Virginia’s Safety and Health Codes Board on Friday voted down a proposed workplace heat protection standard, strongly opposed by the state’s business community but ardently sought by organized labor and farmworker advocates.
The Department of Labor and Industry (DOLI) was seeking to push the proposed rules out for a final round of public comments. Abiding by the standard schedule for regulatory adoption would have meant final approval rested with incoming Governor-elect Glenn Youngkin. Perhaps the December 3 vote was an early sign attitudes toward the regulatory state are expected to change.
As is always the case with these proposals, a massive amount of staff work had been put into preparing the draft standard, including several industry and labor stakeholder groups meeting throughout 2021. According to public comments made before Friday’s votes, those stakeholder groups had divided along similar lines.
The briefing document for Friday’s meeting exceeds 350 pages, with the actual proposed standard covering pages 177 to 199. The first round of public comments is also reproduced in the document or can be found here. The early, written comments were heavily favorable to the rules, but the oral testimony Friday was dominated by opponents.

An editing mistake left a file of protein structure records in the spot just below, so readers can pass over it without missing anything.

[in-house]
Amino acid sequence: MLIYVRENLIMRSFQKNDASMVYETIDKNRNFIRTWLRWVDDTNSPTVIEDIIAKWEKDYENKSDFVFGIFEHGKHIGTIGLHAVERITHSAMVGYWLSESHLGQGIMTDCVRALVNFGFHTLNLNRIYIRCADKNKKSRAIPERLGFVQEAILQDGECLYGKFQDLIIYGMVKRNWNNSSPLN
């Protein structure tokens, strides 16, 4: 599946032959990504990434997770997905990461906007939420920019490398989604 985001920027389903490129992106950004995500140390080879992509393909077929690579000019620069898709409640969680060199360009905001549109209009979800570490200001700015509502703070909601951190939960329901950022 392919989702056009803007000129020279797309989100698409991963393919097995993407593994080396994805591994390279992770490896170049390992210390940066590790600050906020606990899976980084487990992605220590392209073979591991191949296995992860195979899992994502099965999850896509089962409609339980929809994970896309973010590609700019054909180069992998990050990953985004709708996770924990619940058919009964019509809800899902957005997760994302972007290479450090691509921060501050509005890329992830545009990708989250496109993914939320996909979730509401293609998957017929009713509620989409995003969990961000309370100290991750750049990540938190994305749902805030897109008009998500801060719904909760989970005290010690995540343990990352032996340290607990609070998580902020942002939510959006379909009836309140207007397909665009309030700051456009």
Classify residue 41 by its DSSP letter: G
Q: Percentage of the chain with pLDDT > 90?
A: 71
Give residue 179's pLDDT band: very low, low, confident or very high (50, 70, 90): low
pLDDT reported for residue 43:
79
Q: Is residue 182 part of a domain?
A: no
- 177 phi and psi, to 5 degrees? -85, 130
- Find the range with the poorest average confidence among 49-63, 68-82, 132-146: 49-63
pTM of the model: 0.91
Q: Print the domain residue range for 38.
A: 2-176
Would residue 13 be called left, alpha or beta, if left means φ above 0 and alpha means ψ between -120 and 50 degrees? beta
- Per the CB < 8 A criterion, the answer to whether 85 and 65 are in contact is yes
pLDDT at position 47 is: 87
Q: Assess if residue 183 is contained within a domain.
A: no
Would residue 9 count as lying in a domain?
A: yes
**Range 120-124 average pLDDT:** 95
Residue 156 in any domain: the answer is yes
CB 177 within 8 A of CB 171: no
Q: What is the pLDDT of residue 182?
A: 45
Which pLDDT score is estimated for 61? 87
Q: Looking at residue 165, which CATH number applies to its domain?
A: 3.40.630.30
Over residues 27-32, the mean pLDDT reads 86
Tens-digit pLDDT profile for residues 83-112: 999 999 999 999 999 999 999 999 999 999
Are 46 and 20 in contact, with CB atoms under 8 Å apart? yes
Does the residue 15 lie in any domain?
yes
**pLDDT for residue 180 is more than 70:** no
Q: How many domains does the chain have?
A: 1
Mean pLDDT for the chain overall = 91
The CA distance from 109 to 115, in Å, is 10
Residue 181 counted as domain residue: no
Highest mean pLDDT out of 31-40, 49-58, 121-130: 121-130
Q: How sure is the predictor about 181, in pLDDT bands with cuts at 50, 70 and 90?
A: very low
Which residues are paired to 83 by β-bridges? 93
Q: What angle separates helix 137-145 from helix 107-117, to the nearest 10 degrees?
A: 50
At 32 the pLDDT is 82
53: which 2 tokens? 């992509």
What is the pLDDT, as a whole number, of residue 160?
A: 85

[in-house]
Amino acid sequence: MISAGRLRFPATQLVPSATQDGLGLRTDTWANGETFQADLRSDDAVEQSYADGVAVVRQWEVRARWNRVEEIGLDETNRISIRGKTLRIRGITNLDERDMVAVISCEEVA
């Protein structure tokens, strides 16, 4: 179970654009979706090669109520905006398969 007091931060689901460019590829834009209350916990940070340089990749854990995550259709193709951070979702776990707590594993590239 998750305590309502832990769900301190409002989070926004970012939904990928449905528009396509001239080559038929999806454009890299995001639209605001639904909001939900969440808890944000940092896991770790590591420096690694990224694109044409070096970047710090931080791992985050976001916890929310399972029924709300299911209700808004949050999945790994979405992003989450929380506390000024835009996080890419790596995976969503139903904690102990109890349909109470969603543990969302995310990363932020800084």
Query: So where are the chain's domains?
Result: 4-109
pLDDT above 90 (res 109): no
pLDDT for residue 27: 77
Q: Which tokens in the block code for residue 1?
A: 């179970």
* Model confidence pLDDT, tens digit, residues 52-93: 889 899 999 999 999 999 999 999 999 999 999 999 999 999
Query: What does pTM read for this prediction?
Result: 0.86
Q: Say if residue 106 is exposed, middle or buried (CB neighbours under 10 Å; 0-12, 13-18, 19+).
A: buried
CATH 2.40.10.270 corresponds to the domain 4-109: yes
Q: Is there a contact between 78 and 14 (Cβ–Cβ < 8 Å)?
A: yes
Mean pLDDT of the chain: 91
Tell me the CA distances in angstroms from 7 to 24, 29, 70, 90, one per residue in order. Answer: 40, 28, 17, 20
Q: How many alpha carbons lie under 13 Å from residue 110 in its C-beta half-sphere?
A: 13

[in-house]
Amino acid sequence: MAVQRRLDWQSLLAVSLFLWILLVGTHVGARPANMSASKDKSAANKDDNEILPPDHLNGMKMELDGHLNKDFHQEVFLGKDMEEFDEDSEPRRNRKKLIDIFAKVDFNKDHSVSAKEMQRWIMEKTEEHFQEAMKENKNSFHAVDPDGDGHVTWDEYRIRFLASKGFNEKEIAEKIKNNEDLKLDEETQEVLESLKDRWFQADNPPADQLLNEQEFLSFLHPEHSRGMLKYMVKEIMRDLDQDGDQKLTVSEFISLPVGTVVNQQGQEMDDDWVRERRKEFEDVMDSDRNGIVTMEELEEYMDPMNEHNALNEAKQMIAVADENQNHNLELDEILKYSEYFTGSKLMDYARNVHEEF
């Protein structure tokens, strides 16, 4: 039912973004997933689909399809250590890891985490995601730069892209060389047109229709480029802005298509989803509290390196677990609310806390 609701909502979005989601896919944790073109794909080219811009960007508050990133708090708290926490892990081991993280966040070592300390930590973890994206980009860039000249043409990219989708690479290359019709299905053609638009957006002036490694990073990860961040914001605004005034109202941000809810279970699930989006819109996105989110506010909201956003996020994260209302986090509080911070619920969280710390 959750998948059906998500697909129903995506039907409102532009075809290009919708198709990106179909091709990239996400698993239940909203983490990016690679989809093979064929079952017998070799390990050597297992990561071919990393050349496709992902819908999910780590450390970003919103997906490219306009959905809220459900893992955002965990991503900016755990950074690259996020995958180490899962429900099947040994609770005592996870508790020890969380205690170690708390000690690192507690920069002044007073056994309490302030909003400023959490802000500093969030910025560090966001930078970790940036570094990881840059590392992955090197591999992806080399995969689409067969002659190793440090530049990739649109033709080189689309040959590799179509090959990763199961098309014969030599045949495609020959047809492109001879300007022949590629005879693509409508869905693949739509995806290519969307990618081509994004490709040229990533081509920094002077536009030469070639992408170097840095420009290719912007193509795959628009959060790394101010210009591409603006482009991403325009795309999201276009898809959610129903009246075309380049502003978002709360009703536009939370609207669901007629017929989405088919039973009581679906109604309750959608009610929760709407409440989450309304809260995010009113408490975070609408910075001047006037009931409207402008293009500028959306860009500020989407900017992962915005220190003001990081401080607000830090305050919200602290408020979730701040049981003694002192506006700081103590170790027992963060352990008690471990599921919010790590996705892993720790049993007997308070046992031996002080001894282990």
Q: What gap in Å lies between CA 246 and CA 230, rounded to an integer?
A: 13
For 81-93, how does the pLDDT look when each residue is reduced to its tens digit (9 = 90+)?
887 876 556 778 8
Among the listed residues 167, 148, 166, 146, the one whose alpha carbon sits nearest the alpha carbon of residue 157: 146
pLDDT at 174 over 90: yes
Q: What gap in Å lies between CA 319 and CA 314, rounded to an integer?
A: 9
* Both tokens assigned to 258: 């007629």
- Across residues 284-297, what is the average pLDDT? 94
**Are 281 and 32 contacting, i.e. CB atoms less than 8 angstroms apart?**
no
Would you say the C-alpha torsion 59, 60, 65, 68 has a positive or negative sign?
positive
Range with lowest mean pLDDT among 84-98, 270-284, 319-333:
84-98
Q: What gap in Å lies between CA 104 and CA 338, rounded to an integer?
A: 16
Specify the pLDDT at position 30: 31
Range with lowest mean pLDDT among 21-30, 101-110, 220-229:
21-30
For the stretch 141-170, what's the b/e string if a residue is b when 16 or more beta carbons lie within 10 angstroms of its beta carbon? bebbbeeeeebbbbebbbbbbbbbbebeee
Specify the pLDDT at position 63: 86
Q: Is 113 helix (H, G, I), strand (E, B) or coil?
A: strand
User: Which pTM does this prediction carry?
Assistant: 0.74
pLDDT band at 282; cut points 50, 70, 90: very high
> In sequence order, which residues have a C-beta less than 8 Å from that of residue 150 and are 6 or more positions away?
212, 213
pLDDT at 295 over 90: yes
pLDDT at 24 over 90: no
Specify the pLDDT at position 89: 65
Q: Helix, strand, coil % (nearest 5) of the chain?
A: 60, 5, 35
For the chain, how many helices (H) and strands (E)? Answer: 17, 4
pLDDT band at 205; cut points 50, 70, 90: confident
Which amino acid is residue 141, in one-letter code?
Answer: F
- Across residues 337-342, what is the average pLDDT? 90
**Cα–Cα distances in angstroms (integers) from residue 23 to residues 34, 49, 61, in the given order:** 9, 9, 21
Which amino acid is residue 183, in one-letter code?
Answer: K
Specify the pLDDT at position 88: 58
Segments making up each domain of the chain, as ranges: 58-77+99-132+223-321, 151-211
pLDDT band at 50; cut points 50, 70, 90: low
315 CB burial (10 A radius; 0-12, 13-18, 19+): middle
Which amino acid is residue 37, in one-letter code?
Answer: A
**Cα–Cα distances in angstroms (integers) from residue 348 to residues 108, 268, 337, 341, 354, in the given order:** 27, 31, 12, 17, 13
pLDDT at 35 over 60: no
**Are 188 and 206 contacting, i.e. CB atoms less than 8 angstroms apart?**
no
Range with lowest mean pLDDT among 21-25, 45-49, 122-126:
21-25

No one disputed the dangers of heat stroke, heat exhaustion and the related risks of working in a hot environment, whether inside or outside. But serious issues are rare. According to the DOLI data, Virginia deaths from work-related heat exposure happen less often than once per year, and industry speakers noted that deaths and injuries have been on the decline as working conditions improve.
In October, the federal Occupational Safety and Health Administration (OSHA) began its own effort to develop a national workplace standard around heat exposure. Opponents of the Virginia effort suggested Virginia defer to that, to prevent any confusion, but worker advocates complained it will take years to create such a rule at the federal level, if it succeeds at all.
The proposed Virginia work standard would have been activated whenever the workplace heat index (not just the air temperature) reached 85 degrees Fahrenheit. With modest or high humidity, that could happen well below 85 degrees of air temperature, and for outside workplaces would be common many months in Virginia. The first iteration of the rule kicked in at 80 degrees in heat index.
When workplaces – inside or out — are at that ambient heat level, and employees spend 15 minutes or more per hour in the warmth, employers would be required to provide shaded cool-down locations which employees could seek out “when they feel the need to do so to protect themselves from overheating.” Once employees went there, the employer had a duty to check on their condition.
After the public hearing but before the vote Friday, a Department of Environmental Quality representative in the room asked about their folks out on boats doing their jobs for long periods. “Are you expecting staff to have shade on the vessel? Or return to shore?” she asked. The meeting was being monitored on a phone line (the visual link was an issue) so her name escaped this listener.